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Session 2 World of Retailing & SCM 1-2 What is Retailing? Retailing – a set of business activities that adds value to the products and services sold.

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Presentation on theme: "Session 2 World of Retailing & SCM 1-2 What is Retailing? Retailing – a set of business activities that adds value to the products and services sold."— Presentation transcript:


2 Session 2 World of Retailing & SCM

3 1-2 What is Retailing? Retailing – a set of business activities that adds value to the products and services sold to consumers for their personal or family use. A retailer is a business that sells products and/or services to consumers for personal or family use. James Darell/Getty Images

4 1-3 The Distribution Channel

5 1-4 Examples of Retailers Retailers: Kohls, Macys, Wendys,, Jiffy Lube, AMC Theaters, American Eagle Outfitter, Kroger Firms that are retailers and wholesalers that sell to other business as well as consumers: Office Depot, The Home Depot, United Airlines, Bank of America, Costco

6 1-5 Manufacturing, Wholesaling and Retailing Vertical Integration – firm performs more than one set of activities Ex: retailer invests in wholesaling or manufacturing Backward Integration – retailer performs some distribution and manufacturing activities Ex: JCPenney sells Arizona jeans (Private Label) Forward Integration – manufacturers undertake retailing activities Ex: Ralph Lauren operates its own stores

7 1-6 How Retailers Add Value Break Bulk -Buy it in quantities customers want Hold Inventory -Buy it at a convenient place when you want it Provide Assortment -Buy other products at the same time Offer Services -See it before you buy, get credit, layaway

8 1-7 How Retailers Add Value The value of the product and service increases as the retailer performs functions. Bicycle is developed at manufacturer Bicycle is developed in several styles Bicycle is offered in convenient locations in quantities of one Bicycle is featured on floor display Bicycle can be bought on credit or put on layaway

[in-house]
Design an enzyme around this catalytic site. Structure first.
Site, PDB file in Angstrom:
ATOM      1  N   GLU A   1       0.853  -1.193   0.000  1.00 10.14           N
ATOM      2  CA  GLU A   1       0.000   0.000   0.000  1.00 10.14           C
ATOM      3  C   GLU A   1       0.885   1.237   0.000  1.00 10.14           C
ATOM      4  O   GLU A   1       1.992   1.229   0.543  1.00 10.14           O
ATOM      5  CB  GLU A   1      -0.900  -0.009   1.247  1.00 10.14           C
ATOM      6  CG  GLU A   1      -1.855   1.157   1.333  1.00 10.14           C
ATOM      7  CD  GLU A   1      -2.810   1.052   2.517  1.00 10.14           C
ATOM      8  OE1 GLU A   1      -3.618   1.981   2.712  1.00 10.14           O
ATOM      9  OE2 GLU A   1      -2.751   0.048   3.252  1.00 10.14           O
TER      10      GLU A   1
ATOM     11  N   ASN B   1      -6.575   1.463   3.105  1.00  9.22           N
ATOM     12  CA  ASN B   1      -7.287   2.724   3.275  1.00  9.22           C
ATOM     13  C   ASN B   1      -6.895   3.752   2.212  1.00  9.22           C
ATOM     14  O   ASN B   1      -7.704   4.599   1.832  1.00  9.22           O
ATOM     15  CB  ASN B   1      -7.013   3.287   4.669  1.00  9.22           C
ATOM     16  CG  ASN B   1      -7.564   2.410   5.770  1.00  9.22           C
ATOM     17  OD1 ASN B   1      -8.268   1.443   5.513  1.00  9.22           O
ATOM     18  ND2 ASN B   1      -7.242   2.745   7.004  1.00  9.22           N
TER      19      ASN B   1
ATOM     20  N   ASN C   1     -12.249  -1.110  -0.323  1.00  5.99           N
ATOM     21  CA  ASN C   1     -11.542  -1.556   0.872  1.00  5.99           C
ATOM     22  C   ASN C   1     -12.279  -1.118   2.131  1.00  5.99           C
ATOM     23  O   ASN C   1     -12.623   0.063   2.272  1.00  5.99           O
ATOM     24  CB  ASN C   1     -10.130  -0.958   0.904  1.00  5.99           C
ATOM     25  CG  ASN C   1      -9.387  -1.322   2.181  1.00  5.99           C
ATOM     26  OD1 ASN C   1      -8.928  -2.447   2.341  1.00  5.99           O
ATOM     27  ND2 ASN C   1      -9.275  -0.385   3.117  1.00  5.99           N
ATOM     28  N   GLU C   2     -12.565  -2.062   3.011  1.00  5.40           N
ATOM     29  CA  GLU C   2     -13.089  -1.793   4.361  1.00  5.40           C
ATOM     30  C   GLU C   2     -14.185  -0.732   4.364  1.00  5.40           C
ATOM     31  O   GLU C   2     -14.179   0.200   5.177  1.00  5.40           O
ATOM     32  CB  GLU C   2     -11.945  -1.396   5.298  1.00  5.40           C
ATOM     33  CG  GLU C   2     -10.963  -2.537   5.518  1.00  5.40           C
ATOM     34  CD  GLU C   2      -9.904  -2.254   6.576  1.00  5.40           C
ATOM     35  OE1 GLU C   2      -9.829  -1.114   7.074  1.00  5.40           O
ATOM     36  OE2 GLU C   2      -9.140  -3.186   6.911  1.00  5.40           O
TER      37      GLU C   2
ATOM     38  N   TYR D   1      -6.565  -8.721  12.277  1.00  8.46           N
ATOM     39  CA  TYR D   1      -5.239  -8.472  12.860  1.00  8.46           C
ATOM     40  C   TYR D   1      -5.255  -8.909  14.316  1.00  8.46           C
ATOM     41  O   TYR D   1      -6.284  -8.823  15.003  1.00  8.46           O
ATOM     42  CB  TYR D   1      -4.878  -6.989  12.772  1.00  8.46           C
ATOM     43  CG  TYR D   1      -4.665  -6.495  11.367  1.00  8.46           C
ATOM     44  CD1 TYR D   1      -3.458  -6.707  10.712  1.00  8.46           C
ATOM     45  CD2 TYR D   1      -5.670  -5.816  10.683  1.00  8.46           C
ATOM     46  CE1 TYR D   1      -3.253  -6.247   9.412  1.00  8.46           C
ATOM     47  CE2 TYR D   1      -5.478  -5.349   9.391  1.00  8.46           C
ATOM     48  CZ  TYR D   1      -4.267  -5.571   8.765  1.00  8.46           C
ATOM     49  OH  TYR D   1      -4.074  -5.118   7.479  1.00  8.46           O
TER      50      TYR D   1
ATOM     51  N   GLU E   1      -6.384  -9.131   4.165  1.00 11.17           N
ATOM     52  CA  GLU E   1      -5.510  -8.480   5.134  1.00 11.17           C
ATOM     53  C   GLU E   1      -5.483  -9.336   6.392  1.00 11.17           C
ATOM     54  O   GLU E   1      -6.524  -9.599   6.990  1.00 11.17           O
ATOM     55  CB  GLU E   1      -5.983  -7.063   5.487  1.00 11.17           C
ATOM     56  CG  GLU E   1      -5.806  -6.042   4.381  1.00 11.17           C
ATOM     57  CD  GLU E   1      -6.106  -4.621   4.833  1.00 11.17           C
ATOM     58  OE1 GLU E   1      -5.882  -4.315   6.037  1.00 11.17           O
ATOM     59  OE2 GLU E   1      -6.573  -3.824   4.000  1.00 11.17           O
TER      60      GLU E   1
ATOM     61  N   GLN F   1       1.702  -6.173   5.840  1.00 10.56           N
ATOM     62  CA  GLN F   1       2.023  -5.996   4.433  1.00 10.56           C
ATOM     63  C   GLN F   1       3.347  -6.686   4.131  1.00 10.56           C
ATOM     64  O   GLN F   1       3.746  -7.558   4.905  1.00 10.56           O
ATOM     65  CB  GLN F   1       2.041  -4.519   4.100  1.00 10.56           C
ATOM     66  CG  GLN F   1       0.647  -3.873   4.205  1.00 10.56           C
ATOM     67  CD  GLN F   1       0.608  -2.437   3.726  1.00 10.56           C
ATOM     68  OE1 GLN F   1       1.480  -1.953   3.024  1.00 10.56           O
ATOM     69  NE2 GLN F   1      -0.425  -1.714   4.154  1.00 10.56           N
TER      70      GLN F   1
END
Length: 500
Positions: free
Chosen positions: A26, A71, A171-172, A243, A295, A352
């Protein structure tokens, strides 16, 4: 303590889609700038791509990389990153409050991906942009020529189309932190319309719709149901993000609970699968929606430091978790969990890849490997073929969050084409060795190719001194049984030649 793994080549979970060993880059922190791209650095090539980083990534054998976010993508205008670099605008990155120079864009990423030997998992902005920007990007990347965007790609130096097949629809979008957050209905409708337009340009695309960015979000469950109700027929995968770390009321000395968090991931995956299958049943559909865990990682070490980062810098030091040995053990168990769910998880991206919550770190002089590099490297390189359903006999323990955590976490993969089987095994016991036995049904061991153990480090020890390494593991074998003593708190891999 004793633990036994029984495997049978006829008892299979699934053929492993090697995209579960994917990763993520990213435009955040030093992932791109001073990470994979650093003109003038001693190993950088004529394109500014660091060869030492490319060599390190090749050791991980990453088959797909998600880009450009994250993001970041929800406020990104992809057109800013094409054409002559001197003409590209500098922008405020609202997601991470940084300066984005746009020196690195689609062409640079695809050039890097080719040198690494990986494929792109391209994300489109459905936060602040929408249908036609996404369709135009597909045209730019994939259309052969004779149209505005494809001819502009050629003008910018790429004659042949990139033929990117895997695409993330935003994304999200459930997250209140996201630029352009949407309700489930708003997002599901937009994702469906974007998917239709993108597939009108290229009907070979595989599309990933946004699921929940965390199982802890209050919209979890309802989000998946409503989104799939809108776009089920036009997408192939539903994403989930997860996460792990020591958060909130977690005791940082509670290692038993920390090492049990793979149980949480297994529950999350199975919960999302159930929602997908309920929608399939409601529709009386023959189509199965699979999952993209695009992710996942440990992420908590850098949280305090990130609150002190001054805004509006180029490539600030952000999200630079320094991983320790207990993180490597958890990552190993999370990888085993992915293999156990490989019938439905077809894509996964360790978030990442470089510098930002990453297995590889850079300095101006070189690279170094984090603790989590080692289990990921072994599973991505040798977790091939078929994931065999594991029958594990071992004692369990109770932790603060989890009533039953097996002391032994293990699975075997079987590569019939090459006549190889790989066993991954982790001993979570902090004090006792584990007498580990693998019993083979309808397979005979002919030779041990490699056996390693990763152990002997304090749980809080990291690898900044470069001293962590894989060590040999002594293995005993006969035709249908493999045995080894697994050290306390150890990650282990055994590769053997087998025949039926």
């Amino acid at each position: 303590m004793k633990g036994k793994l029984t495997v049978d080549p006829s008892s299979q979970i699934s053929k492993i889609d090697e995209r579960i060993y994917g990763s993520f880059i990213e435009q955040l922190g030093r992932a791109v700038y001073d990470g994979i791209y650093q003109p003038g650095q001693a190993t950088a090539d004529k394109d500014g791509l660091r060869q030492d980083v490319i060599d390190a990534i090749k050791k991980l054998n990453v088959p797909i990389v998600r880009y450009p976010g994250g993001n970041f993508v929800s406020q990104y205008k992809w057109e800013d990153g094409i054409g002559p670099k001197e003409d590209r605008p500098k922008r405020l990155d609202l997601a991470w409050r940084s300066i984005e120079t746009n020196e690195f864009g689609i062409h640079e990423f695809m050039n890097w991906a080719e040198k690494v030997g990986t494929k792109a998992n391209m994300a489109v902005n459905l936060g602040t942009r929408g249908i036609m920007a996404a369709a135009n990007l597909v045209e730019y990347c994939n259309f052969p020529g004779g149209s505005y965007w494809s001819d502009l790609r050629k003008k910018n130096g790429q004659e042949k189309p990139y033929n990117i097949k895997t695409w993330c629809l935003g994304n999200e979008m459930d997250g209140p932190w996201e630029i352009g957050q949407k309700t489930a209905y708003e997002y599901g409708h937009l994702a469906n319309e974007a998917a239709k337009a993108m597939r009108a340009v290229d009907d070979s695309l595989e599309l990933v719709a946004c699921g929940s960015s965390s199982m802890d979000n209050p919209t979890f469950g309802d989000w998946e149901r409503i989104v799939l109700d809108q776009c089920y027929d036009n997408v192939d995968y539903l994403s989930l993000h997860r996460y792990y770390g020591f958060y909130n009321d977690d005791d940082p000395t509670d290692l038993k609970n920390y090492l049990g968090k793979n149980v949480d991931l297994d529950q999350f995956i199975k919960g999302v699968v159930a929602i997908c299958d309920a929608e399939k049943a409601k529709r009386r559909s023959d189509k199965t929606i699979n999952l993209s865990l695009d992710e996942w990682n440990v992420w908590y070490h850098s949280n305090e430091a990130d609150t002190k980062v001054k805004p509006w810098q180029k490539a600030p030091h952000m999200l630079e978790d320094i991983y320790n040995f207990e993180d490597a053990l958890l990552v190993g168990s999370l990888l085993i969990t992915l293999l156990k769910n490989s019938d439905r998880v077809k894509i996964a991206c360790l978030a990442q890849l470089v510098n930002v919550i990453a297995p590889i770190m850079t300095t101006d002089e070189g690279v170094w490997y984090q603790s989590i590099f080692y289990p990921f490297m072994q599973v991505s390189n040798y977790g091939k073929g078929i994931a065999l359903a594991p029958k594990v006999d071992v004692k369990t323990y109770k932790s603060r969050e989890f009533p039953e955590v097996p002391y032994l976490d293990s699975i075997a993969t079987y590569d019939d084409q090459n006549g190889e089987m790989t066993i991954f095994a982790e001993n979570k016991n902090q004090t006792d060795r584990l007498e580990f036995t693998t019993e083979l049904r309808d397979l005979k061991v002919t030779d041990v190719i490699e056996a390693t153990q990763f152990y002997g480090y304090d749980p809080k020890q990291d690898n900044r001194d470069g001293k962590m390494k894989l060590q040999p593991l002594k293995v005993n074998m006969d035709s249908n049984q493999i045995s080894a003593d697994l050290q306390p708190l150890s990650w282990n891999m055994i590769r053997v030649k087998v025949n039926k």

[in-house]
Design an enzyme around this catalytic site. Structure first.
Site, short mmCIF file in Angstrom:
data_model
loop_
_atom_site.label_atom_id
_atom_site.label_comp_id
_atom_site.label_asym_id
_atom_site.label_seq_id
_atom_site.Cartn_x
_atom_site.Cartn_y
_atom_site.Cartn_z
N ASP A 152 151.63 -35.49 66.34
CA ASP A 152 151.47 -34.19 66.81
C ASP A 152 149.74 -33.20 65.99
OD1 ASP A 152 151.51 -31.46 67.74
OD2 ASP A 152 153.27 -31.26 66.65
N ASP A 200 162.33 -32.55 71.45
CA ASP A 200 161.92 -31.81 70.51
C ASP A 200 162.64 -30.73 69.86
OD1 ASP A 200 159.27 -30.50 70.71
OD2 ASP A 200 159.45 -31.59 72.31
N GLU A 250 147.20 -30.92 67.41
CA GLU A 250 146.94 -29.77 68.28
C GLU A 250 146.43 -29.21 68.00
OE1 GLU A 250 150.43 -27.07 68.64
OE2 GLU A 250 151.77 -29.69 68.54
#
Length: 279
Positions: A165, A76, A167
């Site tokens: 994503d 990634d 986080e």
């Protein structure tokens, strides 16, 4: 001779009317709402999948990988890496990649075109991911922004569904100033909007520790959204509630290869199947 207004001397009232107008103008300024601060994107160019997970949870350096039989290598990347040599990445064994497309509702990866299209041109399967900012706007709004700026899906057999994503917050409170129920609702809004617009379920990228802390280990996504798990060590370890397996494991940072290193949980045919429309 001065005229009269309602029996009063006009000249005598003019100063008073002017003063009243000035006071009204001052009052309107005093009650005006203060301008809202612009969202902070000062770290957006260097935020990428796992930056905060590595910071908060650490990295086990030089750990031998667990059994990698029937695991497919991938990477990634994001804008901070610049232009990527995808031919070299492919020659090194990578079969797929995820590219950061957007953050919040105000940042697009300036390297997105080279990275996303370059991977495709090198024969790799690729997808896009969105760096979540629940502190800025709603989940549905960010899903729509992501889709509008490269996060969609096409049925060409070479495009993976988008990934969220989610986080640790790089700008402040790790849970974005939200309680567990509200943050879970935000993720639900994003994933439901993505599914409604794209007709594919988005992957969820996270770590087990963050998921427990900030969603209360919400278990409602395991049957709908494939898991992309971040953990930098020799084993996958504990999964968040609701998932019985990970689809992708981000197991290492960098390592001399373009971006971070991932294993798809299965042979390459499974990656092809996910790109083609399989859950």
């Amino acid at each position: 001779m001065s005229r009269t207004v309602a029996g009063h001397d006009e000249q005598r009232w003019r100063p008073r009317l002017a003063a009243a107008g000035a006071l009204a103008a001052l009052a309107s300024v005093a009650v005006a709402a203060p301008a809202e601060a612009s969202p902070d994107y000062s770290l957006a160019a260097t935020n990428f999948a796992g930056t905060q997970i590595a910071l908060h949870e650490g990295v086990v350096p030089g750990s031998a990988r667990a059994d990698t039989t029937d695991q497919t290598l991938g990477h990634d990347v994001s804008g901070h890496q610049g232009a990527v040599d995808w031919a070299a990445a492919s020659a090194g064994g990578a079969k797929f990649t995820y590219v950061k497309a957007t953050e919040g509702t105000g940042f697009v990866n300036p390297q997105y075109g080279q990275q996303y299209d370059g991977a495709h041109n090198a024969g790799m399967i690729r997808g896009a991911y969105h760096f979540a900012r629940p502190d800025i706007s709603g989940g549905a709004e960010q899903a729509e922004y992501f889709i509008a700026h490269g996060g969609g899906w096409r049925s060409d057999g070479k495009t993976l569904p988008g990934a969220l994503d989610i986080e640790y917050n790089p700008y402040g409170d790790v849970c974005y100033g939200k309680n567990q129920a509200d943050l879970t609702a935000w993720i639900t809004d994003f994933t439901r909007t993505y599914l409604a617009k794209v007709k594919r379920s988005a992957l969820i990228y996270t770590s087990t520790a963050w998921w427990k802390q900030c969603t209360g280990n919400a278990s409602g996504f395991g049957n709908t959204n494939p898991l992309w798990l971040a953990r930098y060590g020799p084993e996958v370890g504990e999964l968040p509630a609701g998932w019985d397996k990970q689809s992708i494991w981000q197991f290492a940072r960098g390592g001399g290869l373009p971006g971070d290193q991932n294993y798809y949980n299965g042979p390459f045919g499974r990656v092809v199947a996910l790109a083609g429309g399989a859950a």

9 1-8 Worlds Largest Retailers

10 1-9 Nature of Retail Industry is Changing Mom and Pop Store To Todays Retailer

11 1-10 Retailing is a High Tech Industry Selling Merchandise over the Internet Using Internet to manage supply chains Analyze POS data to tailor assortments to stores Computer systems for merchandise planning Ryan McVay/Getty Images

12 1-11 Globalization of Retailing Source Merchandise From Around the World Wal-Mart Operates in U.S., China, Mexico, UK, Germany Carrefour has Stores in 25 Countries Don Farrall/Getty Images

13 1-12 Comparison of Distribution Channels Across the Globe

14 SCM drives RETAIL 1-13

15 10- 14 Retailing Strategy Retail Market Strategy Financial StrategySite Location SCM &Information Systems Retail Locations Customer Relationship Management Organizational Structure and HR Management

16 10- 15 Supply Chain Management Supply chain management is the delivery of economic value to customers through management of the flow of physical goods and associated info from vendors to customers Ryan McVay/Getty Images

17 10-16 Strategic Importance of Supply Chain Management Opportunity to Reduce Costs –Transportation Costs –Inventory Holding Costs Provide Value to Customers by Making the Right Merchandise is in the Right Place at the Right Time –Fewer Stockouts –Greater Assortment with Less Inventory Improved ROI

18 10-17 Return on assets = Net profit margin x Asset turnover Net profit= Net profit x Net sales Total assetsNet salesTotal assets Improve Return on Investment Efficient Supply Chain Management Higher Asset Turnover Same Sales Using Less Inventory

19 10- 18 Illustration of Supply Chain

20 10- 19 Benefits of Efficient Supply Chain Management Fewer stockouts – merchandise will be available when the customer wants them Tailoring assortments – the right merchandise is available at the right store Customers respond to the convenience as evidenced by increased sales Ryan McVay/Getty Images